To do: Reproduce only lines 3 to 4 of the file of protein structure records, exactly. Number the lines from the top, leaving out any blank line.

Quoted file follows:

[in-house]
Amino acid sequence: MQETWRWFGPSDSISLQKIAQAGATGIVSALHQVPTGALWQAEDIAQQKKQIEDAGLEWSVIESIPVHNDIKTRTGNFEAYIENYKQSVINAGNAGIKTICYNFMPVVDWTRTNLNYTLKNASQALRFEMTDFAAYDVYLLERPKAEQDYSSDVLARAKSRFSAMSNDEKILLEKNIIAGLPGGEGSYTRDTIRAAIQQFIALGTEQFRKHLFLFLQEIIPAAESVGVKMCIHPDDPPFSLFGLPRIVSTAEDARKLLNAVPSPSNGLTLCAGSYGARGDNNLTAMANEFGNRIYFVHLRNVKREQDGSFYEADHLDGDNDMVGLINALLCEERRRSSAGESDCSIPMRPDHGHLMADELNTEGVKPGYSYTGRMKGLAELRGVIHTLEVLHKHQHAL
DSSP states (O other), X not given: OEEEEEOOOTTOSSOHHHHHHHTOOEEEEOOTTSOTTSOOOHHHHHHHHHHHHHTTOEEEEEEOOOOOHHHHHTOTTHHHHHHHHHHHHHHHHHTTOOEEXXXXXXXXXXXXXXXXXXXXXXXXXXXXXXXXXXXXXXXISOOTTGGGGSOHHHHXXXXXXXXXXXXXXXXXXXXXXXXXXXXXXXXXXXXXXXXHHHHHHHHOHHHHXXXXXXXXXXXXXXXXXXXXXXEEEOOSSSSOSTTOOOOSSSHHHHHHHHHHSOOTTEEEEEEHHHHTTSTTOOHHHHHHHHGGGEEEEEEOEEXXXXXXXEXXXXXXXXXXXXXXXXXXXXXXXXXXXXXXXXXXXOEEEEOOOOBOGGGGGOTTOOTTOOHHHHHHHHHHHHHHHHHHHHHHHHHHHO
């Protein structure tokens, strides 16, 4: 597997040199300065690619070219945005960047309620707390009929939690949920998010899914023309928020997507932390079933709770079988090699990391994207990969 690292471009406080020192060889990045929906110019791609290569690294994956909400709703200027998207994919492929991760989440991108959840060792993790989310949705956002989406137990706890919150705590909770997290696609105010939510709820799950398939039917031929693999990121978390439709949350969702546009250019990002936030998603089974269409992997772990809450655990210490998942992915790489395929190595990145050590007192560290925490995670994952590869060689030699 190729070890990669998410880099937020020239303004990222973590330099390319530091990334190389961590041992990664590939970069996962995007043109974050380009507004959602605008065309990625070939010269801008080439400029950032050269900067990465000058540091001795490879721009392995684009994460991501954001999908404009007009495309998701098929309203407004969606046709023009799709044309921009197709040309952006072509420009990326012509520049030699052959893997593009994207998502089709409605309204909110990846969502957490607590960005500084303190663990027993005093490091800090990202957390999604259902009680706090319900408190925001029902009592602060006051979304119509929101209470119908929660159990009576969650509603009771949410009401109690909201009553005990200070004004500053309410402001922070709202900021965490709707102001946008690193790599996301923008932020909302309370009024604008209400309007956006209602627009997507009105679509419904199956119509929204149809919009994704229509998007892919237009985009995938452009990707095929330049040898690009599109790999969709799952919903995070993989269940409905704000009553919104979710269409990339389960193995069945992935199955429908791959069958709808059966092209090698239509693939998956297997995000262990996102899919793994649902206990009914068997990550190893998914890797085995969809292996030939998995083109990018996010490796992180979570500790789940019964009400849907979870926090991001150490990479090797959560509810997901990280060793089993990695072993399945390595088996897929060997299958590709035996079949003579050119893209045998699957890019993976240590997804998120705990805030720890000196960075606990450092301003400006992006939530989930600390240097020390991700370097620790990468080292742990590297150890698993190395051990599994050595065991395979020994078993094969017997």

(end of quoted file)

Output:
DSSP states (O other), X not given: OEEEEEOOOTTOSSOHHHHHHHTOOEEEEOOTTSOTTSOOOHHHHHHHHHHHHHTTOEEEEEEOOOOOHHHHHTOTTHHHHHHHHHHHHHHHHHTTOOEEXXXXXXXXXXXXXXXXXXXXXXXXXXXXXXXXXXXXXXXISOOTTGGGGSOHHHHXXXXXXXXXXXXXXXXXXXXXXXXXXXXXXXXXXXXXXXXHHHHHHHHOHHHHXXXXXXXXXXXXXXXXXXXXXXEEEOOSSSSOSTTOOOOSSSHHHHHHHHHHSOOTTEEEEEEHHHHTTSTTOOHHHHHHHHGGGEEEEEEOEEXXXXXXXEXXXXXXXXXXXXXXXXXXXXXXXXXXXXXXXXXXXOEEEEOOOOBOGGGGGOTTOOTTOOHHHHHHHHHHHHHHHHHHHHHHHHHHHO
């Protein structure tokens, strides 16, 4: 597997040199300065690619070219945005960047309620707390009929939690949920998010899914023309928020997507932390079933709770079988090699990391994207990969 690292471009406080020192060889990045929906110019791609290569690294994956909400709703200027998207994919492929991760989440991108959840060792993790989310949705956002989406137990706890919150705590909770997290696609105010939510709820799950398939039917031929693999990121978390439709949350969702546009250019990002936030998603089974269409992997772990809450655990210490998942992915790489395929190595990145050590007192560290925490995670994952590869060689030699 190729070890990669998410880099937020020239303004990222973590330099390319530091990334190389961590041992990664590939970069996962995007043109974050380009507004959602605008065309990625070939010269801008080439400029950032050269900067990465000058540091001795490879721009392995684009994460991501954001999908404009007009495309998701098929309203407004969606046709023009799709044309921009197709040309952006072509420009990326012509520049030699052959893997593009994207998502089709409605309204909110990846969502957490607590960005500084303190663990027993005093490091800090990202957390999604259902009680706090319900408190925001029902009592602060006051979304119509929101209470119908929660159990009576969650509603009771949410009401109690909201009553005990200070004004500053309410402001922070709202900021965490709707102001946008690193790599996301923008932020909302309370009024604008209400309007956006209602627009997507009105679509419904199956119509929204149809919009994704229509998007892919237009985009995938452009990707095929330049040898690009599109790999969709799952919903995070993989269940409905704000009553919104979710269409990339389960193995069945992935199955429908791959069958709808059966092209090698239509693939998956297997995000262990996102899919793994649902206990009914068997990550190893998914890797085995969809292996030939998995083109990018996010490796992180979570500790789940019964009400849907979870926090991001150490990479090797959560509810997901990280060793089993990695072993399945390595088996897929060997299958590709035996079949003579050119893209045998699957890019993976240590997804998120705990805030720890000196960075606990450092301003400006992006939530989930600390240097020390991700370097620790990468080292742990590297150890698993190395051990599994050595065991395979020994078993094969017997």